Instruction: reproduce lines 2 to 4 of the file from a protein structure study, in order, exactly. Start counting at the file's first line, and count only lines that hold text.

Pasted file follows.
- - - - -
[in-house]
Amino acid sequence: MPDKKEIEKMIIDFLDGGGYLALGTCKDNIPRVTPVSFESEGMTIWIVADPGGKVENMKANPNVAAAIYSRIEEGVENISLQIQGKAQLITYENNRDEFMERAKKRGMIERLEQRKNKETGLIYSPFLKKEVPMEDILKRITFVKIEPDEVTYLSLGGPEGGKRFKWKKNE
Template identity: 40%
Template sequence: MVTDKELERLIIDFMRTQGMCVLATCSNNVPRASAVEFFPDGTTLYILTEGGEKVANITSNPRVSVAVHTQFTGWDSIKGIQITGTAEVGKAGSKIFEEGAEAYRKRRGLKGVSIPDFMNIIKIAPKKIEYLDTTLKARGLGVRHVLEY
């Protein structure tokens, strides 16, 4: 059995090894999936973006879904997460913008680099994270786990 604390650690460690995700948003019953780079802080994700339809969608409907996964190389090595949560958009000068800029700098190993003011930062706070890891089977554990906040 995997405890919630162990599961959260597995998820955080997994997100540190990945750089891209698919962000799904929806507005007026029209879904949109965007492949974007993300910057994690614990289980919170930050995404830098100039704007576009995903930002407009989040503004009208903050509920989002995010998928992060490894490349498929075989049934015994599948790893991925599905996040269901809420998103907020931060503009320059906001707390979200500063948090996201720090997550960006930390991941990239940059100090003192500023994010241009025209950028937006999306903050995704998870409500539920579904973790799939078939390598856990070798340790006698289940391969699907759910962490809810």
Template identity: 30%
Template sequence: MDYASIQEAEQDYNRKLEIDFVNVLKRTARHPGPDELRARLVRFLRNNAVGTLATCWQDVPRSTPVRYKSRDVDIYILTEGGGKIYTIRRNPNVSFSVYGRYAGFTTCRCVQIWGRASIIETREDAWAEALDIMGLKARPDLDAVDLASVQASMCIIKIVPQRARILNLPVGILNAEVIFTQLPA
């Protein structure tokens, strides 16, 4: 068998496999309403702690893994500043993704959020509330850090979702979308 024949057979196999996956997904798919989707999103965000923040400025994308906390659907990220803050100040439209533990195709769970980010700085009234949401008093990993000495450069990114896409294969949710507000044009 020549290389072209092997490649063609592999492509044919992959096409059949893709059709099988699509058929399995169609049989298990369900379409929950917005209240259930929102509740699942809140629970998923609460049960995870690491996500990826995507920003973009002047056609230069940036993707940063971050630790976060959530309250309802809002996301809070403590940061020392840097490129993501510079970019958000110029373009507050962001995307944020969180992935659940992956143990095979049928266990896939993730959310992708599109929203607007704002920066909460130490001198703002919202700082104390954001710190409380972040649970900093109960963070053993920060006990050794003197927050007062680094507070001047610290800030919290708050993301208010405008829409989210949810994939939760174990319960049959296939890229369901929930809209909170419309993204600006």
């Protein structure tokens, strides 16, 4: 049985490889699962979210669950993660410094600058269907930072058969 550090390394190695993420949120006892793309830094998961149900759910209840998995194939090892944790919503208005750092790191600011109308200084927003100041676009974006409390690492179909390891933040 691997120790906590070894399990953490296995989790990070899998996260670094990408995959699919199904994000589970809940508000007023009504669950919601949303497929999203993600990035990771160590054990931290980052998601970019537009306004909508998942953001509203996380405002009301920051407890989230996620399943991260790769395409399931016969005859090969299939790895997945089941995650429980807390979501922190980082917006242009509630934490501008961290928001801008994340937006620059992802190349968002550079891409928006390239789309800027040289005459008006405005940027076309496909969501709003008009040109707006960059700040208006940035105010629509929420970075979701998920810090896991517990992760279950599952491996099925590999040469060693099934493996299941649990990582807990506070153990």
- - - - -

Amino acid sequence: MPDKKEIEKMIIDFLDGGGYLALGTCKDNIPRVTPVSFESEGMTIWIVADPGGKVENMKANPNVAAAIYSRIEEGVENISLQIQGKAQLITYENNRDEFMERAKKRGMIERLEQRKNKETGLIYSPFLKKEVPMEDILKRITFVKIEPDEVTYLSLGGPEGGKRFKWKKNE
Template identity: 40%
Template sequence: MVTDKELERLIIDFMRTQGMCVLATCSNNVPRASAVEFFPDGTTLYILTEGGEKVANITSNPRVSVAVHTQFTGWDSIKGIQITGTAEVGKAGSKIFEEGAEAYRKRRGLKGVSIPDFMNIIKIAPKKIEYLDTTLKARGLGVRHVLEY